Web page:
Turbolift is a prototype distribution interface for rust. It's designed to make distribution easier and more maintainable by extracting and distributing specific functions and their dependencies from a larger rust application. Turbolift then acts as the glue between these extracted mini-apps and the main application.
- Turbolift works as a proof-of-concept, but has not been optimized to shrink compilation time/requirements.
- Distribution is feature-gated in Turbolift to facilitate development / conditional distribution. The feature is called "distributed."
- Turbolift is implemented over http using
actix-web(no current plans to refactor to use a lower level network protocol).
- Turbolift assumes a secure network– function parameters are sent in plaintext to the microservice.
- When building, anything in the project directory or in local dependencies declared in the project manifest could be bundled and sent over the network to workers.
More information is available on the project homepage.
- Because of reliance on unstable proc_macro::Span features, all programs
using turbolift need to be built with an unstable nightly compiler flag (e.g.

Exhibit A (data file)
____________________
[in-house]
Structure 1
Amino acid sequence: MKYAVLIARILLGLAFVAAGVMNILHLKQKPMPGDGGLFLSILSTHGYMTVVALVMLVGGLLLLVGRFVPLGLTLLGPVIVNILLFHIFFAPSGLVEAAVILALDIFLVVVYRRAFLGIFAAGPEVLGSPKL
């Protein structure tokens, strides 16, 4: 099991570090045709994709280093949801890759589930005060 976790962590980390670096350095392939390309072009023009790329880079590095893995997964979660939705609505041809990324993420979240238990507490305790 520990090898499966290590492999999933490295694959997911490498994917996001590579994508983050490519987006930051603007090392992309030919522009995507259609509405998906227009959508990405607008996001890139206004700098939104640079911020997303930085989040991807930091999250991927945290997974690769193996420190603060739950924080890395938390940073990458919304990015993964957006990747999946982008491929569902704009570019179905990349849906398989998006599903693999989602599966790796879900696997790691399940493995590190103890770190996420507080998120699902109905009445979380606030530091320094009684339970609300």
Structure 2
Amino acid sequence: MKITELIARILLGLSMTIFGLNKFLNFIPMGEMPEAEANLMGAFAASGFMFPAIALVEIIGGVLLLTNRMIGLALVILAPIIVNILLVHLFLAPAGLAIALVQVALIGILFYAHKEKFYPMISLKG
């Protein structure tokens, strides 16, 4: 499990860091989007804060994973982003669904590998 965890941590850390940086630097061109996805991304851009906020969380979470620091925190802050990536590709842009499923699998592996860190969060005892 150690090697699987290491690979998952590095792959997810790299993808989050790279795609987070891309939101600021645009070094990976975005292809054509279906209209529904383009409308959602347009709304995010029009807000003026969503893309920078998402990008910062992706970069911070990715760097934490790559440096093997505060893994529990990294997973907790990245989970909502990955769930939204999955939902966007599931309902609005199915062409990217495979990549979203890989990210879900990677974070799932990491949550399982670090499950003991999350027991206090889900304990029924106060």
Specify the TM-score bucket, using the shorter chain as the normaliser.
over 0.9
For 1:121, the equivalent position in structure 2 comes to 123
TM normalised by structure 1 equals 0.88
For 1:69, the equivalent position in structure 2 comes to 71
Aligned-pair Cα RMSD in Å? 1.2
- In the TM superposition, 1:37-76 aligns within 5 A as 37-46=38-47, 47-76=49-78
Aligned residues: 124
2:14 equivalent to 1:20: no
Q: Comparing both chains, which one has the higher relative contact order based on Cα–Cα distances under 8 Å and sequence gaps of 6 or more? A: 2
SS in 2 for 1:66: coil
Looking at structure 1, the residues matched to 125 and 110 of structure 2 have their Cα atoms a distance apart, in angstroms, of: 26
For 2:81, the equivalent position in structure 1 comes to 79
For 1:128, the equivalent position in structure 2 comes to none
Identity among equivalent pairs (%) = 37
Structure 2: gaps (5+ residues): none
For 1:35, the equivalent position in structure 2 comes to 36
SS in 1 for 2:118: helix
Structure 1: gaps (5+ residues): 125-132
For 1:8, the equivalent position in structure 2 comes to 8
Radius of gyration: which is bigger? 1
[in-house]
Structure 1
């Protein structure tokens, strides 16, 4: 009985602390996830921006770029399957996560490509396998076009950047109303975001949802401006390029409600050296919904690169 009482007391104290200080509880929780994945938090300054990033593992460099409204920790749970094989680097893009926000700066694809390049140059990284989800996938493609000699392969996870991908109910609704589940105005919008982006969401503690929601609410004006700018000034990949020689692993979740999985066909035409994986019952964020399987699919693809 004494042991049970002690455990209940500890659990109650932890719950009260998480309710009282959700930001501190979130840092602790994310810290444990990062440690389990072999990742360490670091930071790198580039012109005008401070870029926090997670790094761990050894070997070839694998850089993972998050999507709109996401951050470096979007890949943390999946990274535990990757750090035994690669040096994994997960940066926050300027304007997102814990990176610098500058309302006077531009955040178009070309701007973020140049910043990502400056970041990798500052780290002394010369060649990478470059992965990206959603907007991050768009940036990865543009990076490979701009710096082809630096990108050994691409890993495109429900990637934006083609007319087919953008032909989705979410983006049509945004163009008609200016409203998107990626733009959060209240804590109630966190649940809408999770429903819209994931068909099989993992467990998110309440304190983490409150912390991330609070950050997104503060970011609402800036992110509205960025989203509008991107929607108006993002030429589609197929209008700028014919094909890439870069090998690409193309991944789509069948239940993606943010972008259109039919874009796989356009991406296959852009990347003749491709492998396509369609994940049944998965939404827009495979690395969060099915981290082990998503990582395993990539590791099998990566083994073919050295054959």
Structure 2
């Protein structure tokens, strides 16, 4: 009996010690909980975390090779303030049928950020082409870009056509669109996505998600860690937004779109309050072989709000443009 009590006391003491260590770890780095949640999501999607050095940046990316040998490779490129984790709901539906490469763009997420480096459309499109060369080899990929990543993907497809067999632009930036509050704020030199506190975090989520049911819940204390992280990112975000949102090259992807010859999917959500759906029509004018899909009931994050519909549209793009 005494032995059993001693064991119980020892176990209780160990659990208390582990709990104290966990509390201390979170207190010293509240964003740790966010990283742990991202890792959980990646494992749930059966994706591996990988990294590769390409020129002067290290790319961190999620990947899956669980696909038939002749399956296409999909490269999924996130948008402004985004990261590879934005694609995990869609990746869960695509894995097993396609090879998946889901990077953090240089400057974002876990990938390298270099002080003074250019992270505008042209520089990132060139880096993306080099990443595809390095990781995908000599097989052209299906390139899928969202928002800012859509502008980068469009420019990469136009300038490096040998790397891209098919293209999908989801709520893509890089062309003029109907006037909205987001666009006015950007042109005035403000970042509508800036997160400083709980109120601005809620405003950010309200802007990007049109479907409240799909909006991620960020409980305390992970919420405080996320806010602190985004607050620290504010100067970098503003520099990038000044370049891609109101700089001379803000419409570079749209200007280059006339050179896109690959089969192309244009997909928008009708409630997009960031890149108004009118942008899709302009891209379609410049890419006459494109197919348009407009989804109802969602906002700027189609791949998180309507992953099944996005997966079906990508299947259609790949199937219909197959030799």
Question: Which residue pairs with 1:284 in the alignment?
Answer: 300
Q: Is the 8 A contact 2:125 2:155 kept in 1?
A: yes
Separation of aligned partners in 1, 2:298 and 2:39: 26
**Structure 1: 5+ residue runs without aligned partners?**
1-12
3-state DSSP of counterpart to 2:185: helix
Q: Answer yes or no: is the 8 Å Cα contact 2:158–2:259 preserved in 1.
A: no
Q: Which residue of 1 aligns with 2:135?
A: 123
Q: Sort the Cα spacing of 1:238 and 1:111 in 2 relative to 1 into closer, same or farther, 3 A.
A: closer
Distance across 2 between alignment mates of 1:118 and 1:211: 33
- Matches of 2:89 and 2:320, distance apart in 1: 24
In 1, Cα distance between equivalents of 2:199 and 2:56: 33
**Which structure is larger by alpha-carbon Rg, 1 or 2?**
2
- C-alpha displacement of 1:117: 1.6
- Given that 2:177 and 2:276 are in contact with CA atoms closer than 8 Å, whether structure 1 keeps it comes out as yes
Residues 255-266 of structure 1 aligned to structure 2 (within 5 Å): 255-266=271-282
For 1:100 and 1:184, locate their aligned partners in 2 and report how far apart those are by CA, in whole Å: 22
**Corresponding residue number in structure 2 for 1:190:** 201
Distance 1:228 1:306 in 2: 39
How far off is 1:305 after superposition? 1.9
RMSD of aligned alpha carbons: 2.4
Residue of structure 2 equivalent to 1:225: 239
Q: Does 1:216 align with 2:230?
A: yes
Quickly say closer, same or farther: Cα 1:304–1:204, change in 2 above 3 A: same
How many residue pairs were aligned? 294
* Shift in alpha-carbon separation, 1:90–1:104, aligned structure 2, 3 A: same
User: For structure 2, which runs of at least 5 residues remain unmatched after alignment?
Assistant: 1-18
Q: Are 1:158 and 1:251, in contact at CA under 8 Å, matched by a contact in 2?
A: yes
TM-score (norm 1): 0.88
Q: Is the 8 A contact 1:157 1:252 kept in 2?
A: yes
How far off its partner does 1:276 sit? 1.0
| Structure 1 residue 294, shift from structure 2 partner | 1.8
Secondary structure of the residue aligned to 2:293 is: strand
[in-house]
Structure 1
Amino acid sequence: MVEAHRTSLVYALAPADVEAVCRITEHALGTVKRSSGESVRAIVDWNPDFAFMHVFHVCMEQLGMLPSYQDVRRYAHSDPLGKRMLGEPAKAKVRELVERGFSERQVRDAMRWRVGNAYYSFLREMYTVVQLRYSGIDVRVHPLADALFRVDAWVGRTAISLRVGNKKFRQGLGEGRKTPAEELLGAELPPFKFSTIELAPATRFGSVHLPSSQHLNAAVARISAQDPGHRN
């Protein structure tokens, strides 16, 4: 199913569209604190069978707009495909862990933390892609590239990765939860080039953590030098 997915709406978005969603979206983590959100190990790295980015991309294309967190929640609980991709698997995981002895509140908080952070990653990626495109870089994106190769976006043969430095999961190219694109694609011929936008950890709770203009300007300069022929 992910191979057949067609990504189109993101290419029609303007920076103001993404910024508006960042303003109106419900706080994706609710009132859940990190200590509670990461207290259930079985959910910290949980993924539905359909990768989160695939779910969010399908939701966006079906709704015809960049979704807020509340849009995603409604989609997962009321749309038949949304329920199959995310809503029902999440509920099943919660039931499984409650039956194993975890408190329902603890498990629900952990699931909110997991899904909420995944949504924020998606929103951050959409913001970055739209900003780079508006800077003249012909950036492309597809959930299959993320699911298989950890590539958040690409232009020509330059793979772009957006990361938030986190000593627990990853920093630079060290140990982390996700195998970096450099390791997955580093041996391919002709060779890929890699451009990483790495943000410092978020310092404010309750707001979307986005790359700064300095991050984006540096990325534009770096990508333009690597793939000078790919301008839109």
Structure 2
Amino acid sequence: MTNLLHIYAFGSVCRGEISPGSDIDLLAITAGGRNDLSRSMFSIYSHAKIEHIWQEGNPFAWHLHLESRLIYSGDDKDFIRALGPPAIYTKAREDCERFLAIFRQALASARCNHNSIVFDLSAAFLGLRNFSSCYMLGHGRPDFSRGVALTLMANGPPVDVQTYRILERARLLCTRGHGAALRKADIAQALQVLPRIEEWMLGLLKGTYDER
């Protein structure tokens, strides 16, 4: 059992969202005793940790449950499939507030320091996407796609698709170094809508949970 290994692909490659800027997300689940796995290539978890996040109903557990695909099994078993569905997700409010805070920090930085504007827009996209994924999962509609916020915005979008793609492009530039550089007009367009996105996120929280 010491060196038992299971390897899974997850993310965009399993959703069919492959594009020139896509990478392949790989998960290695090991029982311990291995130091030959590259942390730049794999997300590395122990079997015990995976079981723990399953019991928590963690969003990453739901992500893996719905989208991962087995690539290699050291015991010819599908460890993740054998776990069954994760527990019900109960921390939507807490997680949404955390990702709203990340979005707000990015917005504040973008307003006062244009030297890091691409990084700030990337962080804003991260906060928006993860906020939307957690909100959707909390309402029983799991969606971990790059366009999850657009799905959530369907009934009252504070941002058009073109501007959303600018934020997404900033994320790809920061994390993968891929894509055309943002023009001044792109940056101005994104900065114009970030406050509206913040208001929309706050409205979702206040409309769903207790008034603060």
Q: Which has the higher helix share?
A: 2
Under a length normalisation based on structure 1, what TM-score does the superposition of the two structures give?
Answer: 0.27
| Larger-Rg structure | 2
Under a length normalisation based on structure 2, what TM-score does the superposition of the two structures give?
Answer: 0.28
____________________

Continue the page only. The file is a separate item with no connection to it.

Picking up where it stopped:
RUSTFLAGS='--cfg procmacro2_semver_exempt' cargo build) (tracking issue).
- Functions are assumed to be pure (lacking side-effects such as writing to the file system or mutation of a global variable).
- For a function to be distributed, its inputs and outputs have to be (de)serializable with Serde.
- Distributed functions cannot be nested in other functions.
- Distributed functions cannot be methods.
- Distributed functions cannot use other functions called
- Distributed functions not in
main.rscannot use functions declared in
- Distributed functions cannot have
-> impl Traittypes.
- Unused functions that have been marked with the
onmacro will still be compiled for distribution, even if eventually the linker will then remove the completed binary and distribution code.
- projects can have relative local dependencies listing in the cargo manifest, but those dependencies themselves should not have relative local dependencies prone to breaking.
- if your program produces side effects when initialized, for example when global constants are initialized, those side effects may be triggered for each function call.
- turbolift runs functions on an unreproducible linux build, it doesn't e.g. pin the env or match the OS of the current environment.
Current Project Goals
- support kubernetes (pr).
- implement startup, liveliness, and readiness probes for pods.
- while setting up a new service, wait for the pod to come alive via readiness check instead of just sleeping (code location).
- roadmap support for other targets.
- only use distributed configuration when flagged (like in
cargo build --features "distributed"). Otherwise, just transform the tagged function into an async function (to provide an identical API), but don't build any microservices or alter any code.
- build cross-architecture compilation tests into the CI.